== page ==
I’ve been reading a lot of feminist theology recently for two reasons: I’m writing a paper on music breaking open the processes of naming God (or something like that), so it’s helpful to understand how God has been named over the last 2,000+ years from a feminist perspective; and I’m involved in a group which is discussing issues relating to gender justice in the Catholic Church.
I deliberately avoided feminist theology in my studies, as I believed that it is self-evident that women should not be excluded from ministries and vocations they are equally capable of performing as well as men. Yet, there remains a huge discrepancy in religious traditions as to how women are treated. Now I work for the Catholic Church, I have a meaningful and purposeful vocation in teaching young people to search for their meaning and to explore the mystery of the universe. However, more than ever, I am conscious of the lack of justice in the institution. I also work in a boys’ school which, to some degree, perpetuates some aspects of androcentric culture.
Unfairly, I think, the word ‘feminism’ carries baggage in the western world. Who would say they wouldn’t want the ‘full flourishing of all humans’? Yet, in practice, many continue to buy into systems and structures that oppress women, including the naming of God in male symbols.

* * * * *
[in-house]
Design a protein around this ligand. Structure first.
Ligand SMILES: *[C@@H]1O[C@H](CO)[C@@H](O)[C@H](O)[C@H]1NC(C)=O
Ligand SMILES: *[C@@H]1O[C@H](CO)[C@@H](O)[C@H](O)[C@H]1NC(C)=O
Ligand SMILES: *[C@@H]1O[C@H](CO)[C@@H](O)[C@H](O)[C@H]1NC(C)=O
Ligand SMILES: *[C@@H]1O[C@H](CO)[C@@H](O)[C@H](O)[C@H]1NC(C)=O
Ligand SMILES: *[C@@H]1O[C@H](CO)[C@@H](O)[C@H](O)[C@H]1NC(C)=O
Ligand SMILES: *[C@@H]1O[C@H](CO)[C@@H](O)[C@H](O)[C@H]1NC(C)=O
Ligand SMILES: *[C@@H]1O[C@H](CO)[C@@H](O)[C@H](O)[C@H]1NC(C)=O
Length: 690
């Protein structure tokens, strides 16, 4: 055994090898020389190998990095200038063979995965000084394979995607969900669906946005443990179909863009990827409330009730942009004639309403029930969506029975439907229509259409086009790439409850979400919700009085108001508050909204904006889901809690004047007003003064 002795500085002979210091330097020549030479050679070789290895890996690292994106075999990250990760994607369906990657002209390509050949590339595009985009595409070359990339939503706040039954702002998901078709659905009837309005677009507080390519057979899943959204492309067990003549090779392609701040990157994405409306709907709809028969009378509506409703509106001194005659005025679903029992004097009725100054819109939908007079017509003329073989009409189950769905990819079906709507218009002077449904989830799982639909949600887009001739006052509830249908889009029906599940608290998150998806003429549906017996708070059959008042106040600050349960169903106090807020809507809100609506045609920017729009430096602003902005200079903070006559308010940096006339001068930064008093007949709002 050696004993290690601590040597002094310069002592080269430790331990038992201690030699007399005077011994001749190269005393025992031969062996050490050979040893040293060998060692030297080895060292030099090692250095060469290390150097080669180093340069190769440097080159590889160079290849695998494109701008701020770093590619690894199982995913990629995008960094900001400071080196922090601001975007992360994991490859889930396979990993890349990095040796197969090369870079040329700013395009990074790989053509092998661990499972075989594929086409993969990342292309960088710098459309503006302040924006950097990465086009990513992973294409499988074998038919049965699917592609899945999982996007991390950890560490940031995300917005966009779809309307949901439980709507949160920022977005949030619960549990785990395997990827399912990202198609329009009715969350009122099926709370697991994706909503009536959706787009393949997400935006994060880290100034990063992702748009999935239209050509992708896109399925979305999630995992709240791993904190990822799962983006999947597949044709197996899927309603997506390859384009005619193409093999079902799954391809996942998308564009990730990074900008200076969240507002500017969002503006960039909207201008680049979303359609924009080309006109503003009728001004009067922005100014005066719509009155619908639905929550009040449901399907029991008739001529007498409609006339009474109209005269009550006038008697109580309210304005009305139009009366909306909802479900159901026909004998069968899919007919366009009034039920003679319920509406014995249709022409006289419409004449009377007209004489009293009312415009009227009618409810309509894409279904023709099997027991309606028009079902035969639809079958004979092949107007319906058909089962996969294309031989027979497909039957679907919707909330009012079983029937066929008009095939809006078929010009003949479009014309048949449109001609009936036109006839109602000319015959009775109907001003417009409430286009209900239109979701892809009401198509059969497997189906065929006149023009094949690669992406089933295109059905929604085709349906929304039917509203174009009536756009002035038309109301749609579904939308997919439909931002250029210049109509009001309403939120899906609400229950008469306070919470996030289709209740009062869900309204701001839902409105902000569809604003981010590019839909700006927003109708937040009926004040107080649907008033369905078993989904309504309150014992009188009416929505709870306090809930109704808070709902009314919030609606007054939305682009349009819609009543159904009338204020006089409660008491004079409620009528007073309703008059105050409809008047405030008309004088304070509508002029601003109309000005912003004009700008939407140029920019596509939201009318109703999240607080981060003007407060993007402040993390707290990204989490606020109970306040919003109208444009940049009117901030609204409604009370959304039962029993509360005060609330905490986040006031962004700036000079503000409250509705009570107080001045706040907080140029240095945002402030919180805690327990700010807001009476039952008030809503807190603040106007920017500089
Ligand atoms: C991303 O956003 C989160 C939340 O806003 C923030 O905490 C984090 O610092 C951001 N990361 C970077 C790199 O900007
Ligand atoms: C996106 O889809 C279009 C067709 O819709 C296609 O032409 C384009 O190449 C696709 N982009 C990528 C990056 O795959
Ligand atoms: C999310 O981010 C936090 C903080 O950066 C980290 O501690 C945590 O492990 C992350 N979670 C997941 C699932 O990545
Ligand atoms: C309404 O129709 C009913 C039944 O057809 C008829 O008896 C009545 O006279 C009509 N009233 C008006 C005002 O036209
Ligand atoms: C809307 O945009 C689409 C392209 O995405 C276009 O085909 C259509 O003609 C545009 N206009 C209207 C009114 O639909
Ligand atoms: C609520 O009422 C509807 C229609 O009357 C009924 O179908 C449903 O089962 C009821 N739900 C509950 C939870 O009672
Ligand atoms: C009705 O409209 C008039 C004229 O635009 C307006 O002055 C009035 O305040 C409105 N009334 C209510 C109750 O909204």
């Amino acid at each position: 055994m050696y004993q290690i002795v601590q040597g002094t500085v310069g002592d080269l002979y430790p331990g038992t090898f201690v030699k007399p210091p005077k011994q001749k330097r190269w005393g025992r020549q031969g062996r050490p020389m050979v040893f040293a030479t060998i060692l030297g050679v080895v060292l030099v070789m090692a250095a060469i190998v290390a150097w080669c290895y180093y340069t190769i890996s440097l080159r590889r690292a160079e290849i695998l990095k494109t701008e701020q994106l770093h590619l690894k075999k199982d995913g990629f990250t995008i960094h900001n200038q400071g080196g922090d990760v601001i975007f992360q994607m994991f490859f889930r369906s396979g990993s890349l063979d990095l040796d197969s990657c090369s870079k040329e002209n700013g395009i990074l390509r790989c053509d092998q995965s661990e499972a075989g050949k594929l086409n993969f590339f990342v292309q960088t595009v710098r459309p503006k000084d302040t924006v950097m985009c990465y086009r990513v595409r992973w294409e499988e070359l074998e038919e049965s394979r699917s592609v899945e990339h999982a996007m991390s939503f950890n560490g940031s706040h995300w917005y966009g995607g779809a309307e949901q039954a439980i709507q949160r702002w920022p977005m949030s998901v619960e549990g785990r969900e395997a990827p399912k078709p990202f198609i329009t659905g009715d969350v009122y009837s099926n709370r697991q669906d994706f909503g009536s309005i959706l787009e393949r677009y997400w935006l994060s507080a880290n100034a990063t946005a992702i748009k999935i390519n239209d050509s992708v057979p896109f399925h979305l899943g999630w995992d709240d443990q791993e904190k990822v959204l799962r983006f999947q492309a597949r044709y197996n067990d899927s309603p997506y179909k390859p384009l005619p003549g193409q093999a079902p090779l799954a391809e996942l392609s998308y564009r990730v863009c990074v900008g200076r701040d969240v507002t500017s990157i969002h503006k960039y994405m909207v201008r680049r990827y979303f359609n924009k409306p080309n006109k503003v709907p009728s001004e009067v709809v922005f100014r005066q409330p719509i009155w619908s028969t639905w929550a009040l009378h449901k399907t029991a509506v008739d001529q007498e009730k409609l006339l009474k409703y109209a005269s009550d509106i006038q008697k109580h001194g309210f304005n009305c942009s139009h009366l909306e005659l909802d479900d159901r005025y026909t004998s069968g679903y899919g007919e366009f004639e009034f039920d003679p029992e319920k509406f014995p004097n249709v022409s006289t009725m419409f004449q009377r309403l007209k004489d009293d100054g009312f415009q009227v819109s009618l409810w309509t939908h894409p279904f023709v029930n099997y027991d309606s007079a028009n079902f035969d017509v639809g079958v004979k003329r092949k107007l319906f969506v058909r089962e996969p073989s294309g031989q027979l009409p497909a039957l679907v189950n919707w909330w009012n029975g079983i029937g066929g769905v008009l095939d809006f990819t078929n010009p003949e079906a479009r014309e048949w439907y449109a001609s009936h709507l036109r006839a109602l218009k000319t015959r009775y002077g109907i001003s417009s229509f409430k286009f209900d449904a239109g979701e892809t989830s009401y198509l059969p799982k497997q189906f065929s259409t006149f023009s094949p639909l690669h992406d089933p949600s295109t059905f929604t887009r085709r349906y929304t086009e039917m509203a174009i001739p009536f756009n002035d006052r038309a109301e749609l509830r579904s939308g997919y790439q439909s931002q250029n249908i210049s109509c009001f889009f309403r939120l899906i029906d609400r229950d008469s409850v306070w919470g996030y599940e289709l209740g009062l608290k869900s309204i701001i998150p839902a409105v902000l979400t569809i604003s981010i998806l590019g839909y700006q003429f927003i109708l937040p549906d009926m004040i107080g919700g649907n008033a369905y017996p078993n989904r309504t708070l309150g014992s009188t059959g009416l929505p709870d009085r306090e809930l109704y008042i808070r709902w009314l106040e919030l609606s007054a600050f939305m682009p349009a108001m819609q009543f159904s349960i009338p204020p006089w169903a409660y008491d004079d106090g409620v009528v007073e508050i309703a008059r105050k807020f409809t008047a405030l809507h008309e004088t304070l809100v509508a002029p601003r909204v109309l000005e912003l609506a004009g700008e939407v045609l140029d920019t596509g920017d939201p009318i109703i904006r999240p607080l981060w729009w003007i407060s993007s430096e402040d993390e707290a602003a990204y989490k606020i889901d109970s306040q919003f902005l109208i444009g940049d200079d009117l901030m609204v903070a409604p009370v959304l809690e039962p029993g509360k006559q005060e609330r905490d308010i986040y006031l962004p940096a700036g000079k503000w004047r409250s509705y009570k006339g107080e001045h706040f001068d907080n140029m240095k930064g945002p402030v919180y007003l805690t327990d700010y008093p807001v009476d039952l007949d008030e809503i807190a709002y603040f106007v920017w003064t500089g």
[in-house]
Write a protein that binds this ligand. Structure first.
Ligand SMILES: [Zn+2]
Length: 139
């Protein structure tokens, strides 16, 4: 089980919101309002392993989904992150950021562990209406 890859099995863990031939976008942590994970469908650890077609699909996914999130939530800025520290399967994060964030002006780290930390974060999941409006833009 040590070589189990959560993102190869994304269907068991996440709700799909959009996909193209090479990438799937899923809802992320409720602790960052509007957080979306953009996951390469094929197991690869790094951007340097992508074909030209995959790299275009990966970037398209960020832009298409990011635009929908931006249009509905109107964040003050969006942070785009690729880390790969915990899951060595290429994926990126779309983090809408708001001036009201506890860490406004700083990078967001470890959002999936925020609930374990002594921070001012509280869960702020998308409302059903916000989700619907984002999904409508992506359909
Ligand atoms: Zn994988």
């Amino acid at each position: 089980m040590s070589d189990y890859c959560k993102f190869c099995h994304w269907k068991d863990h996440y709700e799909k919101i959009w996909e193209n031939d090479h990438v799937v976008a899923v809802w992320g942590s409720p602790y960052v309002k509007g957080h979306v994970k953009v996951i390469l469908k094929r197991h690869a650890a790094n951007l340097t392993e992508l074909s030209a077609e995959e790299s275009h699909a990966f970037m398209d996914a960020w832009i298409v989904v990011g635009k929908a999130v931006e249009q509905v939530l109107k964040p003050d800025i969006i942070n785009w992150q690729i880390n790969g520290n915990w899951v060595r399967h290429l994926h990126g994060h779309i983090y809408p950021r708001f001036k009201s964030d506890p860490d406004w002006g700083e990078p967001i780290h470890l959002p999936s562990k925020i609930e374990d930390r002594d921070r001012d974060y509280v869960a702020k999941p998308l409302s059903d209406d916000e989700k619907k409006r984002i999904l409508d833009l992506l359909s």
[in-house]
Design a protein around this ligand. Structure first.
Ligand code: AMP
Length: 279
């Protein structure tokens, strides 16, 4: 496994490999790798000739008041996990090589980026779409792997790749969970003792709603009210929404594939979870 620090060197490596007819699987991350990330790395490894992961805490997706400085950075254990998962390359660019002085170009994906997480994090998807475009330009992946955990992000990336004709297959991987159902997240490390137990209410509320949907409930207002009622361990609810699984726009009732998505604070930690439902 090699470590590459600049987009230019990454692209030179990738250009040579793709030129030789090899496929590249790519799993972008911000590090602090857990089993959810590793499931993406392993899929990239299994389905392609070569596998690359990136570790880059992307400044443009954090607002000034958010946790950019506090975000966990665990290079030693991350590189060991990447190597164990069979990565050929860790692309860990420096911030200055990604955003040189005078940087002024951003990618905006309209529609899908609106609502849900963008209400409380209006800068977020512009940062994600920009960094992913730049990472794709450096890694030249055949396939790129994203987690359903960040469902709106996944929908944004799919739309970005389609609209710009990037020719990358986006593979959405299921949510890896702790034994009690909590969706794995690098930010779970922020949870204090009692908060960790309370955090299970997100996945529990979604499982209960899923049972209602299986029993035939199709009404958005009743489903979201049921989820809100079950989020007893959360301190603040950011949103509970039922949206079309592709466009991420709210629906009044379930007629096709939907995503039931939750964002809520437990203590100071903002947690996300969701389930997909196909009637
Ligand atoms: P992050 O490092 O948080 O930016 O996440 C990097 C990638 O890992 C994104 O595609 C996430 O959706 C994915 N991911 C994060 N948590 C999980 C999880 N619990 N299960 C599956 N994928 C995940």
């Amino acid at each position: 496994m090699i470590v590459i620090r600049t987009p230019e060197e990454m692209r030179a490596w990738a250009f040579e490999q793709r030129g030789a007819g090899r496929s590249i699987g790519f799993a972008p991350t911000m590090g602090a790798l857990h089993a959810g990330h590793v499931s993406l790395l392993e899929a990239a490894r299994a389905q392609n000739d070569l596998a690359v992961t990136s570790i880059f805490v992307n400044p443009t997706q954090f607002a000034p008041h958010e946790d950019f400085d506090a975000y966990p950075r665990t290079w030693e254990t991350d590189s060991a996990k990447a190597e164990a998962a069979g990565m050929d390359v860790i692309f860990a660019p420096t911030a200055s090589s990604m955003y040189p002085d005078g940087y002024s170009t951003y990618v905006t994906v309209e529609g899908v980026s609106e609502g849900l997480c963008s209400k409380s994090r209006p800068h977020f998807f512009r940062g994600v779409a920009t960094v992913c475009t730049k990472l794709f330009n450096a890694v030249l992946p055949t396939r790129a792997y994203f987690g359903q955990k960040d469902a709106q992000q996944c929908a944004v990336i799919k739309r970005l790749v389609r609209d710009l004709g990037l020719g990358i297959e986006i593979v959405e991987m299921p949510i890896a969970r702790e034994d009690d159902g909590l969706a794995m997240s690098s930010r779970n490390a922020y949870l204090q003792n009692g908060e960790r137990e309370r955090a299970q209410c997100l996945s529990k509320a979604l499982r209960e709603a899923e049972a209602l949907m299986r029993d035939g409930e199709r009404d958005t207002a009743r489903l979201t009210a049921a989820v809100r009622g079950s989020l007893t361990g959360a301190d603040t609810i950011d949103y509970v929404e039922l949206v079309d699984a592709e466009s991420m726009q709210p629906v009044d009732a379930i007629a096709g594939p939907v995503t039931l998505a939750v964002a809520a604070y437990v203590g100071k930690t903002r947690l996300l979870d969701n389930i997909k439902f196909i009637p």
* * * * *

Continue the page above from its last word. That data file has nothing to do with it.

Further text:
Understanding the interconnectedness of all things in the world, and that everything is potentially sacramental in revealing that which is otherwise invisible, helps us to break open the male-dominated language used to name God over the last 2,000 years. In the simplicity of experience of the world, without recourse to male symbols, a tenuous connection may be made with that which ultimately is beyond all language, knowledge, and experience. The creative arts are useful, or indeed essential, to overcoming such male-bound language for naming such spiritual experience. They are not so heavily reliant on language conventions, and can express the indeterminate expressively and to great effect.
I’m working on some songs that try to convey spiritual experience, or experience of what some might call God (as a woman, and taking notice of other women’s spiritual experiences). #workinprogress